by Hank Boerner
There are days that we should hever forget. The President of the United States said that after the awful tragedies of September 11, 2001, when thousands of Americans and visitors died and thousands more were injured in the direct attacks against American targets by foreign interests far, far away. And yet, so close. The attackers were living amongst us, for a time, preparing for the day they would inflict great damage on our nation.
There are four or maybe even five generations of Americans alive at this moment, going back to some who are of the Greatest Generation, the men and women who survived the Great Depression of the 1930s and fought the good fight for democracy from 1941 to 1945 —WW II. Many are still with us. They remember “Pearl Harbor Day,” each December 7th.
December 7, 1941, a “date that will live in infamy,” said President Franklin Delano Roosevelt to the U.S. Congress and by radio to the nation. That day — December 7, 1941, the naval forces of the Empire of Japan attacked the U.S. military forces at Pearl Harbor in the U.S. territory of Hawaii. Almost 3,000 young men and women died in that attack. All of my young days I was reminded that it was “Pearl Harbor Day” today.
Another day that many of younger ages — the Baby Boomers — will recall was the funeral train that carried the body of U.S. Senator Robert F. Kennedy, slain by an assassin in California in 1968. I remember this because I stood in front of St. Patrick’s Cathedral in New York City as his coffin was carried out…and put on a train that slowly wound its way from New York through Philadelphia, Wilmington, Baltimore, and on to Washington, D.C. I had done work with the good senator, borther of the slain president, John Fitzgerald Kennedy.
This was reminiscent, broadcaster noted, of the final train ride for President Abraham Lincoln, assassinated in 1865, carrying his body to burial in Illinois — many miles, along parts of the same route. Tens of thousands of people lined the route on both occasions.
There is another tragic day to remember for those alive in 1963. Who can forget where they were when the news came on November 22, 1963 that the dynamic young president was shot to death in a motorcade in Dallas, Texas. John F. Kennedy was in office just about 1,000 days — not even completing his first term.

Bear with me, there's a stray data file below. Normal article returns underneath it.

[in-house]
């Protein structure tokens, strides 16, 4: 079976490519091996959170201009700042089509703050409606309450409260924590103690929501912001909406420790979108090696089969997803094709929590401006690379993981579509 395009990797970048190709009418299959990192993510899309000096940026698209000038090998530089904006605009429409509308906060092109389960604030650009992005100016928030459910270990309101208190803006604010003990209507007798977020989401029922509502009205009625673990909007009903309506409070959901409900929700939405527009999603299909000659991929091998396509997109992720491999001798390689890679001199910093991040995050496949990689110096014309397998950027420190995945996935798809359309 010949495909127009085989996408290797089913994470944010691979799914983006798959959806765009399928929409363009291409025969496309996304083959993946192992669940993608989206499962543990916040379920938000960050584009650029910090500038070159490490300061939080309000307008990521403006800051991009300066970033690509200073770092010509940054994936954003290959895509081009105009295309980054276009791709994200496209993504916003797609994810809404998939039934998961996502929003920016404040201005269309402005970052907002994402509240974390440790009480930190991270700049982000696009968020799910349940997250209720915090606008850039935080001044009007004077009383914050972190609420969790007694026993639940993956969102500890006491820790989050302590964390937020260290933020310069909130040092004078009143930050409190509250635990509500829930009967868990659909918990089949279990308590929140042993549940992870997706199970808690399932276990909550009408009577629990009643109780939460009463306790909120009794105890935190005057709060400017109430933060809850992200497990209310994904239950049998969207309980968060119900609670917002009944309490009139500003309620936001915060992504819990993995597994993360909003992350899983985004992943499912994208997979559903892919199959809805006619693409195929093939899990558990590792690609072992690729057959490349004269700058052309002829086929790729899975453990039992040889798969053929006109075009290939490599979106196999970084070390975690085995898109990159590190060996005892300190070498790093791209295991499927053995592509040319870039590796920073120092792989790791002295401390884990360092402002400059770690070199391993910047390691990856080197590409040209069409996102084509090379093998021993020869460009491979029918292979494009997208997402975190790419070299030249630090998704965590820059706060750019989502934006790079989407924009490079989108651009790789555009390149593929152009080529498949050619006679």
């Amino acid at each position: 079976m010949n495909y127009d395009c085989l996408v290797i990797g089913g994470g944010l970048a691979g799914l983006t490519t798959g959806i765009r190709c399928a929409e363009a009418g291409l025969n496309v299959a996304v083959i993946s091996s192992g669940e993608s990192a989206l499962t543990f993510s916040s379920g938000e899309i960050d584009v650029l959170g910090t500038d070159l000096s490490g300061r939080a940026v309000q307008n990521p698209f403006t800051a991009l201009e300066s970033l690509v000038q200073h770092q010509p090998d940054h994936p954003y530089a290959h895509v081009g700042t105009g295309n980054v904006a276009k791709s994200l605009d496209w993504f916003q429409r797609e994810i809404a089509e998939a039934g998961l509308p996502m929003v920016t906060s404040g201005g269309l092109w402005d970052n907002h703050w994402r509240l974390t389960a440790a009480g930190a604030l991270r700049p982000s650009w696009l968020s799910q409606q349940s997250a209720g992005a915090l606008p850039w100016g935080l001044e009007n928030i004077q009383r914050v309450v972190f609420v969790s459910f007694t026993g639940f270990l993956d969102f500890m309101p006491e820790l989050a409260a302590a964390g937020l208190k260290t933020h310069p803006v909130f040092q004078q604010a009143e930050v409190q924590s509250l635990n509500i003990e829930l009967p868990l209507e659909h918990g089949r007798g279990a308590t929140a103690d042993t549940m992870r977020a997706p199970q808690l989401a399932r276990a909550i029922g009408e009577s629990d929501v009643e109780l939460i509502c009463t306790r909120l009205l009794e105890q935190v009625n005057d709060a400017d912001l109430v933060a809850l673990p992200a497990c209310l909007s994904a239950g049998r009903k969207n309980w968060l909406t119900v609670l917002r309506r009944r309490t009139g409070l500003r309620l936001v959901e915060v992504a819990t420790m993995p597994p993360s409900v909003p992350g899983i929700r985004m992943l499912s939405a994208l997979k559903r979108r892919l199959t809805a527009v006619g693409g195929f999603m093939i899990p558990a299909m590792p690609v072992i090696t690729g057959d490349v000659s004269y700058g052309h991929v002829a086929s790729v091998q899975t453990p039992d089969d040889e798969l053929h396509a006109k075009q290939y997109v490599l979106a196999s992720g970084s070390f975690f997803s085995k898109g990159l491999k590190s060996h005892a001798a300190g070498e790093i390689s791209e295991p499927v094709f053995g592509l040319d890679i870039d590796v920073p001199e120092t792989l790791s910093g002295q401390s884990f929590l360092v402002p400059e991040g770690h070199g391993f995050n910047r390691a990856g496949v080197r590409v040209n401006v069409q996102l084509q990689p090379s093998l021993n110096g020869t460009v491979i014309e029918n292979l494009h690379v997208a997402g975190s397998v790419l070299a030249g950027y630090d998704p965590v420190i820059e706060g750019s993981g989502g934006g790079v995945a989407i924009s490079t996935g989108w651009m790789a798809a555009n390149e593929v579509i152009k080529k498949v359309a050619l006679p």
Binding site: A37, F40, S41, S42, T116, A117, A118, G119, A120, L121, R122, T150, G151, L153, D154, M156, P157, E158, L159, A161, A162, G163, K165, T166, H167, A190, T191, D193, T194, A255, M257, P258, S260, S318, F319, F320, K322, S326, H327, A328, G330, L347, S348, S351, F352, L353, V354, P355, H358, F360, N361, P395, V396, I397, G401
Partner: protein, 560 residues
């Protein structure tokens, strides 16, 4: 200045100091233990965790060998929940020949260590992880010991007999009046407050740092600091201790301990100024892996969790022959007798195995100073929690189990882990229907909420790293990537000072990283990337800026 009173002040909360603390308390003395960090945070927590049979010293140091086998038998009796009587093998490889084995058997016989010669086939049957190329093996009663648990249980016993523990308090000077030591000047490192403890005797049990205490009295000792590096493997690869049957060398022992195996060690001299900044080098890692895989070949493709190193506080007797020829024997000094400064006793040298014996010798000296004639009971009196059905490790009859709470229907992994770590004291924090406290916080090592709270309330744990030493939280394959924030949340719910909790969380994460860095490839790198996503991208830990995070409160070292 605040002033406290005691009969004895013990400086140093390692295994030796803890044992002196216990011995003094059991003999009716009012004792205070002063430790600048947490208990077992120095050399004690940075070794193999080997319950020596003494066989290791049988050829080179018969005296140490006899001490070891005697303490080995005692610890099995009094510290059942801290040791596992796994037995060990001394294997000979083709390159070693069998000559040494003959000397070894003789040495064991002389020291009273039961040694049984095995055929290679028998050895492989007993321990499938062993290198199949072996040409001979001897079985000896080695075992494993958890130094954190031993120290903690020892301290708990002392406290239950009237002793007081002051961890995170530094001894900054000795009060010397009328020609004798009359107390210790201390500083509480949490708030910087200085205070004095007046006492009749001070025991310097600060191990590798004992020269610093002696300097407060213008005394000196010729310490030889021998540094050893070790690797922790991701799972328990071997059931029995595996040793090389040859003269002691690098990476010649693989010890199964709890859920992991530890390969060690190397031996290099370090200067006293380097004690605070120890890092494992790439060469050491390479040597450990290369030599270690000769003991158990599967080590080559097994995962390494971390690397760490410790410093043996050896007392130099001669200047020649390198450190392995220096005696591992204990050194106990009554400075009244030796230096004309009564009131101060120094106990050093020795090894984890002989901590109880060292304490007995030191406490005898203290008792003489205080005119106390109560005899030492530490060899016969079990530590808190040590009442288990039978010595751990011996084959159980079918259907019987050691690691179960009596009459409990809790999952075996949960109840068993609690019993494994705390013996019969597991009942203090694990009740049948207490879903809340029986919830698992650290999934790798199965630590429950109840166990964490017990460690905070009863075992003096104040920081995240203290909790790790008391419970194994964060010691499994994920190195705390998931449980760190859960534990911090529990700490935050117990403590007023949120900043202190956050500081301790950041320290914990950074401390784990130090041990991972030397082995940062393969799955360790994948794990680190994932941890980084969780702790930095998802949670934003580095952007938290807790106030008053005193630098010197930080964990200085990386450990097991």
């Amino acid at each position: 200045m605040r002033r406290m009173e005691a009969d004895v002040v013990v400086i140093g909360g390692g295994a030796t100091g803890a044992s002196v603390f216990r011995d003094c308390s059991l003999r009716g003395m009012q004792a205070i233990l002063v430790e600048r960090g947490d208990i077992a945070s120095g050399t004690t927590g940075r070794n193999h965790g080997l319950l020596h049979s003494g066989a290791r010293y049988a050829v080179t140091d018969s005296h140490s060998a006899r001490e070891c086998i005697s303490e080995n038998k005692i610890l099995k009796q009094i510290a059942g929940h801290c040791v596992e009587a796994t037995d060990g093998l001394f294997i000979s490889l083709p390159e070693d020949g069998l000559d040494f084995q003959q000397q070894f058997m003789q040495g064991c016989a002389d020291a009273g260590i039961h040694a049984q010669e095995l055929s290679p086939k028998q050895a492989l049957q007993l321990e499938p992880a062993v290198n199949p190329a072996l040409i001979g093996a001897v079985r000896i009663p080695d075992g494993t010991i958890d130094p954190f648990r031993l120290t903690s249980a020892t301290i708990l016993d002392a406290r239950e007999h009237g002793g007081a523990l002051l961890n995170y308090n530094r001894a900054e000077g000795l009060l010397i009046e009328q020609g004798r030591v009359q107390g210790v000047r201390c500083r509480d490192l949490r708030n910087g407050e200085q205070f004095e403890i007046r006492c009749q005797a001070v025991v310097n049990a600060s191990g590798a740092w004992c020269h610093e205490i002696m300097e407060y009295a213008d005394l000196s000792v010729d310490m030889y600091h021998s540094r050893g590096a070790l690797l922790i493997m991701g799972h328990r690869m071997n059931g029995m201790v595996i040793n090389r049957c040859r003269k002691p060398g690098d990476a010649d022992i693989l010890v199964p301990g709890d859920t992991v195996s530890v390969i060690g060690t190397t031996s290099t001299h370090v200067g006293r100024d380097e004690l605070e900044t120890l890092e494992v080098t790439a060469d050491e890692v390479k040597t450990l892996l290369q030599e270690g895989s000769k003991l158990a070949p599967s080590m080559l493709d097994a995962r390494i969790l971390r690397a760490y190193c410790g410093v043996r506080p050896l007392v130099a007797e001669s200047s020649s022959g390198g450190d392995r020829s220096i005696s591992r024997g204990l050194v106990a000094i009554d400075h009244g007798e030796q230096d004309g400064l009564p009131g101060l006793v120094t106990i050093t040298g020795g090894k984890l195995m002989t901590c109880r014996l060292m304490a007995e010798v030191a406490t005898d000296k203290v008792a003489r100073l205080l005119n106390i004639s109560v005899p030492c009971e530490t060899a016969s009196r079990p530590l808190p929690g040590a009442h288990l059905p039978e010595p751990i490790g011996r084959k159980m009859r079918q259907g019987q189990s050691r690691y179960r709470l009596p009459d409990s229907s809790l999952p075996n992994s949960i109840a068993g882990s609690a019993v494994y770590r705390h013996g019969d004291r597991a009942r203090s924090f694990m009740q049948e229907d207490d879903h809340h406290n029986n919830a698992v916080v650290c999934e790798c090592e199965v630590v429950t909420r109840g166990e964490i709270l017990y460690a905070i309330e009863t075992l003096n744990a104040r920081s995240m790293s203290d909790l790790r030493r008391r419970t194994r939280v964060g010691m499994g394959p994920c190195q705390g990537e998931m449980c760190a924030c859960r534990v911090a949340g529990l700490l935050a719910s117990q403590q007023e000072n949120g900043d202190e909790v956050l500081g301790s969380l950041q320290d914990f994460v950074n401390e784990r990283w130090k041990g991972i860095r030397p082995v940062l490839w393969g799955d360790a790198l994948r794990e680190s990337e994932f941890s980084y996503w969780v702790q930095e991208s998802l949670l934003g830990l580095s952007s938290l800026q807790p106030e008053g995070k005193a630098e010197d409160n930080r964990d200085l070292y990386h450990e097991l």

As with other events, everyone would remember where they were and what they were doing when they heard the leader of the “New Frontier” for America was assassinated in Dealey Plaza, Dallas. I remember watching the most well-known newsman in America, Walter Cronkite on CBS Network announcing the president’s death.
Today, September 11 — Let Us Remember
And so it is today, for many Americans, as we stop what we are doing to remember the frightful, awful, tragic events of September 11th. Four giant airliners were hijacked, from their take off points in the New York region, Boston and Virginia, and flown by fanatic, deranged men into the twin towers of the World Trade Center in New York City, into the Pentagon in Northern Virginia, and what would have been either the White House or the Capitol Building on the highest point in Washington, DC — except for the brave actions of passengers on United Flight 93 over rural Pennsylvania.
How unbelievable, how frightening to consider even today, 15 years — some 5,500 days — later.
For those not born yet, or too young to remember the events of the day: American Airlines Flight 11 — Boston to Los Angeles — departing Boston at 7:59 a.m. and then crashing into the WTC (#1) North Tower at 8:46 a.m.
Then United Air Lines Flight #175, departing from Boston at 8:14 a.m. — flying from Boston to LAX — hitting the WTC South Tower (#2) at 9:03 a.m. . Then American Airlines Flight #77, leaving Dulles International (Virginia) at 8:30 a.m. — heading for Los Angeles,, flying into the Pentagon at 9:30 a.m.
And then the report of the “missing” United Air Lines Flight #93, flying out of Newark at 8:42 a.m. en route from New Jersey to San Francisco — reported down on the ground in Shanksville, PA at 10:03 a.m. Even today, all of this is very difficult to comprehend.
These were massive passenger jets, with a combined almost 300 passengers and crew members on board, loaded with many tons of volatile jet fuel, carrying innocent passengers (including children) en route to a happy destination.